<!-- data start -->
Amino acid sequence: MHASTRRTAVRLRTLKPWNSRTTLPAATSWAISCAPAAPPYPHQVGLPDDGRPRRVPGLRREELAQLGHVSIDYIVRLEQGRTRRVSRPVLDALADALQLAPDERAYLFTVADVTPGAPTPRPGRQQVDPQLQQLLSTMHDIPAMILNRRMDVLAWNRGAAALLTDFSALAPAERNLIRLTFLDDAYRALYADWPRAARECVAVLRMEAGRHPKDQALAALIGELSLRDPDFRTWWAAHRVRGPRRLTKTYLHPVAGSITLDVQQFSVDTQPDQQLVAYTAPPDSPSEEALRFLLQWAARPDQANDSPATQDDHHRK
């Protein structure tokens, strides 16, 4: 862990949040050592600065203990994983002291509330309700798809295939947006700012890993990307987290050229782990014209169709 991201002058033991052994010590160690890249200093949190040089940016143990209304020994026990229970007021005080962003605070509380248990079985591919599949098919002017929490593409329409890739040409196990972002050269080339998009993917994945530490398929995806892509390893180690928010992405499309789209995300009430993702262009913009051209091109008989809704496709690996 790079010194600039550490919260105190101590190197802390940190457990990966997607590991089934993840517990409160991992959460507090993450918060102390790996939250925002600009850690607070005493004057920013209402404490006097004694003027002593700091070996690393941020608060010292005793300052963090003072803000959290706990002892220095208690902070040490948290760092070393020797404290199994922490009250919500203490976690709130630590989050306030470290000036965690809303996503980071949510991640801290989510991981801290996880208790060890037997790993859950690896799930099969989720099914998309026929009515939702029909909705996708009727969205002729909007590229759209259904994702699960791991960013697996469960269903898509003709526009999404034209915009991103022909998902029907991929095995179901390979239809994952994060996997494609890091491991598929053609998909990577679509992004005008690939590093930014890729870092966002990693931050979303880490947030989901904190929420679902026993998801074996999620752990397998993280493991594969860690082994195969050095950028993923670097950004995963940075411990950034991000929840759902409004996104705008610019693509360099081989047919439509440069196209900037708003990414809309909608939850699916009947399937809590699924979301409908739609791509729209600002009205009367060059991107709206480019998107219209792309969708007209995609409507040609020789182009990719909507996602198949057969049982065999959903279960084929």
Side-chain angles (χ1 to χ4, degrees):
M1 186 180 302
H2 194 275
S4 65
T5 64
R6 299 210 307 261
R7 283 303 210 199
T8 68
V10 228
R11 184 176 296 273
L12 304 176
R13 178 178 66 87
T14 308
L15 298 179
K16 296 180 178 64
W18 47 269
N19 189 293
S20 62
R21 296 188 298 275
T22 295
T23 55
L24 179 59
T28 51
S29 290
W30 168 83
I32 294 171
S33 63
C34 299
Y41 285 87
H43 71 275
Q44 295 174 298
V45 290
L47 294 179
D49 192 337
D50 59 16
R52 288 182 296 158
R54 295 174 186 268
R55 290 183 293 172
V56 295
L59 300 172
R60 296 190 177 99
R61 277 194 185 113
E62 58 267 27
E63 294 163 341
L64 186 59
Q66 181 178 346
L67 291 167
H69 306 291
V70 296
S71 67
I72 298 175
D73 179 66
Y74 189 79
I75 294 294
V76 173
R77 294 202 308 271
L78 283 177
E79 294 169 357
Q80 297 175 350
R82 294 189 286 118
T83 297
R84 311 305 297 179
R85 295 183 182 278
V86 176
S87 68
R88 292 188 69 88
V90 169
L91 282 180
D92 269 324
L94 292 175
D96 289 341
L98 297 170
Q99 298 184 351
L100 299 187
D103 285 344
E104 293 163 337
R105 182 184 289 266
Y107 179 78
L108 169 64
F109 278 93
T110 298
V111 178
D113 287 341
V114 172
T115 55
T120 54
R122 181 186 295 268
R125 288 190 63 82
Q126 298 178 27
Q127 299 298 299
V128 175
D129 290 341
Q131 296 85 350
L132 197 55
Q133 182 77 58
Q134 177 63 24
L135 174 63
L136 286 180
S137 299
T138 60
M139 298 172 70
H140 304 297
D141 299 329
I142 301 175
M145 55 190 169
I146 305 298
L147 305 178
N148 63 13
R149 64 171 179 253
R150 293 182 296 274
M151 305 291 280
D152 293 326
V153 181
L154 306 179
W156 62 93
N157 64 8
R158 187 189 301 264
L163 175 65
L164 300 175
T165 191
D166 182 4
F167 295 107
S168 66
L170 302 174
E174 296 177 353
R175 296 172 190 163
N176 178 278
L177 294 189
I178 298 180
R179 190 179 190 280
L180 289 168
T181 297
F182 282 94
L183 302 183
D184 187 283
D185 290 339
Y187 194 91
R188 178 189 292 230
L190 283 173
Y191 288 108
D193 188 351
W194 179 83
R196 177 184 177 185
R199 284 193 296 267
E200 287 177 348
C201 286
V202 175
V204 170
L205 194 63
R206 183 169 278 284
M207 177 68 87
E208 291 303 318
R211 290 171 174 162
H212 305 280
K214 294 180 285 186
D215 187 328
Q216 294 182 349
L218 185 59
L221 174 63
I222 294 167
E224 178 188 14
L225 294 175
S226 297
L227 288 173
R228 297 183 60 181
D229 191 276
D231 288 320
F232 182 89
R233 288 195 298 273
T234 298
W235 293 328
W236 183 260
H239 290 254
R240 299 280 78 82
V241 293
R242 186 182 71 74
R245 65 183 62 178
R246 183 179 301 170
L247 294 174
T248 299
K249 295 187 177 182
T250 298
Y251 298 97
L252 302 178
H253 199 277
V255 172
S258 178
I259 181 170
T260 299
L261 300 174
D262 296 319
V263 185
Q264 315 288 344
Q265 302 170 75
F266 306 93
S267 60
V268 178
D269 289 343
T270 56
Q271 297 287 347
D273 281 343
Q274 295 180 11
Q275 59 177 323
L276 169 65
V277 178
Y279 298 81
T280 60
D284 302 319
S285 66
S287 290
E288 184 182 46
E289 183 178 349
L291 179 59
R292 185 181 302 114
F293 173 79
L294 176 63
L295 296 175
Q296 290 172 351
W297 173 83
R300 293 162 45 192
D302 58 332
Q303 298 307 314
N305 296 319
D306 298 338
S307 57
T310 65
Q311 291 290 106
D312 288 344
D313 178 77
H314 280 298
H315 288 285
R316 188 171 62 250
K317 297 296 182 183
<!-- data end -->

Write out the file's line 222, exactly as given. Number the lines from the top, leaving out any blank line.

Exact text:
R300 293 162 45 192